Now we’re adults. Perhaps barely 20, perhaps getting ready to retire, we’re adults. We’re supposed to have somehow managed to leave the nest, break out of the cocoon, get our adult colours. We’re supposed to know how to get a bank account, have a job and follow a budget; acquire nutritious food and clean the house and get to and fro safely and efficiently. We’re to meet up with at least one other person who also has all these skills to start raising young of our own. Most of us feel barely competent to get our legos put away, but most of us also muddle through. We’re supposed to know how we feel about holidays. Which ones to celebrate, what foods and decorations and favours and gifts and guests. Not to mention the time and energy and money to do it all. If we’ve been thinking all our lives that turkey is better than ham, or roast beef is better than turkey, we’re supposed to make that change… but not upset anyone sharing our holiday. If we’ve decided to go vegetarian, or need to avoid things like wheat or sugar, or noticed that really, egg rolls are the best holiday food in any universe, or decide to eat a simple, fulfilling meal and donate whatever else we would have spent to charity, we’re supposed to figure out how to do it without upsetting anyone. And for anyone who has managed the ‘finding another adult to live with and make a household with’ part of the expectation, we have to manage to incorporate all their values, wants, needs, and traditions, too.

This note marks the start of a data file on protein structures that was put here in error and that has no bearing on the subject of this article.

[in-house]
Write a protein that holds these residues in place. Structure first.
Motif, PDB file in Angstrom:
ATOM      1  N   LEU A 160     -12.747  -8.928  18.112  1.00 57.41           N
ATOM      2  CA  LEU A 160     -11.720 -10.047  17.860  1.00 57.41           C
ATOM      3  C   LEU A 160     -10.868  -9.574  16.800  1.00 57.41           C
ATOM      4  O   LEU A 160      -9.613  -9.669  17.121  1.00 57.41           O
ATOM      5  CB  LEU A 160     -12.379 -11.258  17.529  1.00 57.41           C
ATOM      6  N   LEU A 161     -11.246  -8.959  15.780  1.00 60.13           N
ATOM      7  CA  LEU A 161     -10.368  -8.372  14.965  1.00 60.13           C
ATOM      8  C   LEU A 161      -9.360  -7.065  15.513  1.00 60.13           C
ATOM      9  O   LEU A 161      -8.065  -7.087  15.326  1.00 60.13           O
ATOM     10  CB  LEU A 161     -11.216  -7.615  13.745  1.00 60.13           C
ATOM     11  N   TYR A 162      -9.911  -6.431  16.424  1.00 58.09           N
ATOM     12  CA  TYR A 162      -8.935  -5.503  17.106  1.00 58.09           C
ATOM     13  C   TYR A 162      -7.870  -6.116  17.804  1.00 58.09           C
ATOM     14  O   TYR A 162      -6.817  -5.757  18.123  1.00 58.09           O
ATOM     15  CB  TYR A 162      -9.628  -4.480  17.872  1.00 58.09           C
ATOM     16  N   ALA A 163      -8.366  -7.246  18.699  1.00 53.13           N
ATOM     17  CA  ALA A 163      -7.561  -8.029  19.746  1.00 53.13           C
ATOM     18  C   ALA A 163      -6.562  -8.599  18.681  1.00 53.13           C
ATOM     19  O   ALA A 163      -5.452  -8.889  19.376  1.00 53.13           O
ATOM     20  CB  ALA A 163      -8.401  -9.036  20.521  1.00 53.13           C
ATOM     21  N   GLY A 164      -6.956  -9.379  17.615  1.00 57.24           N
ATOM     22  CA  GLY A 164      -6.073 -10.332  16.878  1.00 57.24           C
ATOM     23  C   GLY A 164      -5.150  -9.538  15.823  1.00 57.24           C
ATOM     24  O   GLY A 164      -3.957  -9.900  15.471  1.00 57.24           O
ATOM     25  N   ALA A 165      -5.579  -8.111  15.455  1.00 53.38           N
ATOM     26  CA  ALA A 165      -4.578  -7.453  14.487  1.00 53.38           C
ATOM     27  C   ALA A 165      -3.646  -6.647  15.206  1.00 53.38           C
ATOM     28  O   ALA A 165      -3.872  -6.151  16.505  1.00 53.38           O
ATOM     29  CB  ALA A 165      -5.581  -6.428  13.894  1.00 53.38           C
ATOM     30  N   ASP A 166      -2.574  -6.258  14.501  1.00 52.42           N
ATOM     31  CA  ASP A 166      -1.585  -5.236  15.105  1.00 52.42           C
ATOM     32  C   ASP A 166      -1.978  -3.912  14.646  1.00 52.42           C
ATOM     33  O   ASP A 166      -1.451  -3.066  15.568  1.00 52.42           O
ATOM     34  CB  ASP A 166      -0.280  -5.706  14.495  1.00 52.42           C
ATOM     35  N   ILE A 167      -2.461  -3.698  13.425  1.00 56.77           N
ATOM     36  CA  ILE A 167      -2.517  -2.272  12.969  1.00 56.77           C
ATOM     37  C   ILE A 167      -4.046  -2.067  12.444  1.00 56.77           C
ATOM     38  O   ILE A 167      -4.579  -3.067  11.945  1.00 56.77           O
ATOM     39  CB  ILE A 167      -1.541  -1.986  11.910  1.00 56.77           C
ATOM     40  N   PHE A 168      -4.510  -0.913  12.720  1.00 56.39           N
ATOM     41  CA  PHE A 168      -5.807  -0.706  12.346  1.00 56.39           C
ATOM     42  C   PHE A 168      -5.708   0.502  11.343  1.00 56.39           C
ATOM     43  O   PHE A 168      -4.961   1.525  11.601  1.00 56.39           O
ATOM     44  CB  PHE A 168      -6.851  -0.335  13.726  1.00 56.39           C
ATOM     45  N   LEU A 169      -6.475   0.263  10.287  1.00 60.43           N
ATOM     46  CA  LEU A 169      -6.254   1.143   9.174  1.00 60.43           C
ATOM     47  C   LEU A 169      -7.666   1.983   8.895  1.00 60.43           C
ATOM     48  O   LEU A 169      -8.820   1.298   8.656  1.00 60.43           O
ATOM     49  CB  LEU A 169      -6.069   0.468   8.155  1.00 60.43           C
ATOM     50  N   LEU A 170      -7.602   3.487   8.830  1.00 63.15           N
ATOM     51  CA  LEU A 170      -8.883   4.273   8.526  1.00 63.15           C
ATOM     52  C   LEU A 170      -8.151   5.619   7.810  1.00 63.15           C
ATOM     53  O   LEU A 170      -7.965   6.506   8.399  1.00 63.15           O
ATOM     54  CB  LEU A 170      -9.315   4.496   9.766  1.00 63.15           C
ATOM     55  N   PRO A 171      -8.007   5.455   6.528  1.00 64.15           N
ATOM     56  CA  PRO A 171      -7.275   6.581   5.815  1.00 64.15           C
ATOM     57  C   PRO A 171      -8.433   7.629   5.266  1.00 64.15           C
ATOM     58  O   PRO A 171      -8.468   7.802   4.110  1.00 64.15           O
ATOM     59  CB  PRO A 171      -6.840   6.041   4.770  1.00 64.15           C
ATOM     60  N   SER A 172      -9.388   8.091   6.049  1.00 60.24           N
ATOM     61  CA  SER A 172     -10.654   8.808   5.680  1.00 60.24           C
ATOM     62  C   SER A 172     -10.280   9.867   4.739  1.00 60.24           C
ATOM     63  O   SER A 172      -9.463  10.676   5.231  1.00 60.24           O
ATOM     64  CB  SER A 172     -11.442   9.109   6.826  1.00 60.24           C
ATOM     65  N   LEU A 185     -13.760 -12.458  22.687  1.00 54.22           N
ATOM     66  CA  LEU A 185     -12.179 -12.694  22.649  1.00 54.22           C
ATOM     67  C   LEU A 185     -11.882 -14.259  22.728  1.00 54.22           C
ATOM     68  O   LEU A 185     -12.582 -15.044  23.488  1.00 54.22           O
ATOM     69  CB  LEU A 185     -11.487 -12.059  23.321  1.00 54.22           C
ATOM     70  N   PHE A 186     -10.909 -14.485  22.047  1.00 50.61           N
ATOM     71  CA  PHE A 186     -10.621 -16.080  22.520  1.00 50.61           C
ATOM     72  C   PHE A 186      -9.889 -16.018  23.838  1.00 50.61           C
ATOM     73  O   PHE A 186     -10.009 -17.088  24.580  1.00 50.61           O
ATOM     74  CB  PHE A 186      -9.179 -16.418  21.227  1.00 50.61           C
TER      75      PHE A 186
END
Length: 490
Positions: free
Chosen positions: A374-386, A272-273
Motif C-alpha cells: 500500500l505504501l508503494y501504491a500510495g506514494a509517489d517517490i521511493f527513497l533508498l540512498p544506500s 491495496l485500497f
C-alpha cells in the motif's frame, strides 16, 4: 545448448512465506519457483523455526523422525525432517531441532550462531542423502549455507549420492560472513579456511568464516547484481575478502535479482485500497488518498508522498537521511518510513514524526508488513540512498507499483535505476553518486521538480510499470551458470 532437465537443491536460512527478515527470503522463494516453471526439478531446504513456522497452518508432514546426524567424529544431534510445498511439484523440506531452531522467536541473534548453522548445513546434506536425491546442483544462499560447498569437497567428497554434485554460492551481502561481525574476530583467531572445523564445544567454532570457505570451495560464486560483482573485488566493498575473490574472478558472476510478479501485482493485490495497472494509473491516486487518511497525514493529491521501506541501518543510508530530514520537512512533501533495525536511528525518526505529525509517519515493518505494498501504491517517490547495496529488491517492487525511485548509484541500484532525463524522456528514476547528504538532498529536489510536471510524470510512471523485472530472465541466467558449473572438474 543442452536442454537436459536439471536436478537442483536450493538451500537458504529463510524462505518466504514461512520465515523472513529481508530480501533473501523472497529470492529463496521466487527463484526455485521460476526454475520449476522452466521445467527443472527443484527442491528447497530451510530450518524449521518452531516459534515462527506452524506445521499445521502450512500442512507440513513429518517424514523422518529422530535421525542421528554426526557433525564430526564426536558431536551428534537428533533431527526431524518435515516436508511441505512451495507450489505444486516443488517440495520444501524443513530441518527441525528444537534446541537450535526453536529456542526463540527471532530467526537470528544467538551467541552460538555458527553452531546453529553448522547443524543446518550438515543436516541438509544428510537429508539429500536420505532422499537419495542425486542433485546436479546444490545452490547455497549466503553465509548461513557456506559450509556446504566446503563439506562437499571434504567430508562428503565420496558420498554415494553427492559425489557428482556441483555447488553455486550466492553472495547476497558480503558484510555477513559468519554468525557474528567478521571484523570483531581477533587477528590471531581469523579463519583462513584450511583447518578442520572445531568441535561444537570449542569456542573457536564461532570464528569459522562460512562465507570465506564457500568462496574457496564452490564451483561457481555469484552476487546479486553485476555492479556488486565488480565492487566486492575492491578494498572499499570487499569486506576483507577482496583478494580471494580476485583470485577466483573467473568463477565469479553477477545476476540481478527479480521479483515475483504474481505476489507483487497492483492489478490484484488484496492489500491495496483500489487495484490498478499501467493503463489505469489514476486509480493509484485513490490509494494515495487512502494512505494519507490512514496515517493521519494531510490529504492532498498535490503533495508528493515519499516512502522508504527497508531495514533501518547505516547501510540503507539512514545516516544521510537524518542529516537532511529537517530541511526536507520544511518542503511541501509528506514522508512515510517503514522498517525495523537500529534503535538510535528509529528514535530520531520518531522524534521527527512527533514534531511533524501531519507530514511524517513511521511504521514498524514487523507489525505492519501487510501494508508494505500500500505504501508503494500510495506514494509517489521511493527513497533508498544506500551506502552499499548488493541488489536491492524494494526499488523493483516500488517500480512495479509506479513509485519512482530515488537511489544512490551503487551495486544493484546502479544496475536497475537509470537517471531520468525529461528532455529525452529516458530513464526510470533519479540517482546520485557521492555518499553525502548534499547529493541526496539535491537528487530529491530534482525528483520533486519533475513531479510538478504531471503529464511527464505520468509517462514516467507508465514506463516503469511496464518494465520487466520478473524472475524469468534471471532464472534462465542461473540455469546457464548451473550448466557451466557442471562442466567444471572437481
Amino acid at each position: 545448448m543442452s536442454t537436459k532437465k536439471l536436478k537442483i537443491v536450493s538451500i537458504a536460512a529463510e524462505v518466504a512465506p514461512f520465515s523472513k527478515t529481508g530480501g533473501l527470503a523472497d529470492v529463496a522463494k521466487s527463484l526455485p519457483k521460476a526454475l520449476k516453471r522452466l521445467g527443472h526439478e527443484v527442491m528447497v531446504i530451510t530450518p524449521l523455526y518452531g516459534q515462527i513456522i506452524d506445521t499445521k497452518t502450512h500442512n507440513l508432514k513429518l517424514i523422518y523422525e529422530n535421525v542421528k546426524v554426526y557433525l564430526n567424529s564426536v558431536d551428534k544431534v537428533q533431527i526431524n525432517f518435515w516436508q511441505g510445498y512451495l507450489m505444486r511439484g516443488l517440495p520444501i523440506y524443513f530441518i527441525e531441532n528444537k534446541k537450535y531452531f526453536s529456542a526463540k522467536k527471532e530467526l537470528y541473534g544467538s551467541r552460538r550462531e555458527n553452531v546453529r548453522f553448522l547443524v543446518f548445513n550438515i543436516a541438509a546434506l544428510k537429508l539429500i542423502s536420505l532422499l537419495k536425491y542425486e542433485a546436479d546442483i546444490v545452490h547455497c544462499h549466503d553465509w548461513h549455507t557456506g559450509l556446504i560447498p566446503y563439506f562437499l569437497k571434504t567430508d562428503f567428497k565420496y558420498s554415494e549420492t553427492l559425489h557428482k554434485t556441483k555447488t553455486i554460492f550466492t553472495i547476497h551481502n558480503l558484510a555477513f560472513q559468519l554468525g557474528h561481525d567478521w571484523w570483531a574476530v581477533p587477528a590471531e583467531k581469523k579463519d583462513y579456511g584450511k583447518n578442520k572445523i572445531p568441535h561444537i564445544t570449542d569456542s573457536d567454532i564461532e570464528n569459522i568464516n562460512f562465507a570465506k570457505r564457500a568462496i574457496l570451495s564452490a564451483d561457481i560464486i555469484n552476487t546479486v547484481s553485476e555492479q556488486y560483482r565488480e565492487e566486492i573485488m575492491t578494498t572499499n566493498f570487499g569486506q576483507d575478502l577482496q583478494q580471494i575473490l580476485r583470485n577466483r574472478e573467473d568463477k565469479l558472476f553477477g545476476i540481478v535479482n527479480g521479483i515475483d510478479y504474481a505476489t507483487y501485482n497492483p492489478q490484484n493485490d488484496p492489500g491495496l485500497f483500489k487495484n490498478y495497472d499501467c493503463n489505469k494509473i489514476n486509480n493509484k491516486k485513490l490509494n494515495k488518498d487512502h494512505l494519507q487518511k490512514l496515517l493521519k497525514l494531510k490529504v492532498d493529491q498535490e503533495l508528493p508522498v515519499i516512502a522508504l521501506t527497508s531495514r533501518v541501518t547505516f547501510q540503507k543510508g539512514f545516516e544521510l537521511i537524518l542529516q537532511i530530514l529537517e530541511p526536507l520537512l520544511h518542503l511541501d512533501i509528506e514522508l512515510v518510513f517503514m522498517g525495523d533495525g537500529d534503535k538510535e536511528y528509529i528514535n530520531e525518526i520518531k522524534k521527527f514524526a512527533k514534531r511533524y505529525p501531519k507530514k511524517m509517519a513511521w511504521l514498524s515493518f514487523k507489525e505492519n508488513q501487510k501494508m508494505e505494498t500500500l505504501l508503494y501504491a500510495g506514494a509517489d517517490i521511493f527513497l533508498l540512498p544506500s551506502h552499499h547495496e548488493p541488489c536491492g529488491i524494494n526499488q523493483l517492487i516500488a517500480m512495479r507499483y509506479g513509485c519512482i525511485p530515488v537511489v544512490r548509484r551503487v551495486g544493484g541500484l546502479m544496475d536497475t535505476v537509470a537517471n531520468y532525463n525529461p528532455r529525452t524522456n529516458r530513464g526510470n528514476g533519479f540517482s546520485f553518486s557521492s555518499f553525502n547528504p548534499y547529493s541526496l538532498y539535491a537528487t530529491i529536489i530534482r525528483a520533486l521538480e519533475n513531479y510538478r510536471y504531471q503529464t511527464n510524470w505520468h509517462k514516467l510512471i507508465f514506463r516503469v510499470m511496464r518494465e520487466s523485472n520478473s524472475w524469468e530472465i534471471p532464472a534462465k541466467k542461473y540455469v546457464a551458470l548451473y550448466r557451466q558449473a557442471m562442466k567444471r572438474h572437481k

If you’re following along, you may have noticed that the level of this game just increased several times in just that last paragraph. And that’s how a lot of us feel. No matter how much it’s supposed to be about religion, honouring this or that person or group, or spending meaningful time with people we love; it sort of starts to feel like one of those games with all kinds of stuff hidden all over and an infinite number of levels that everyone else is doing better at playing.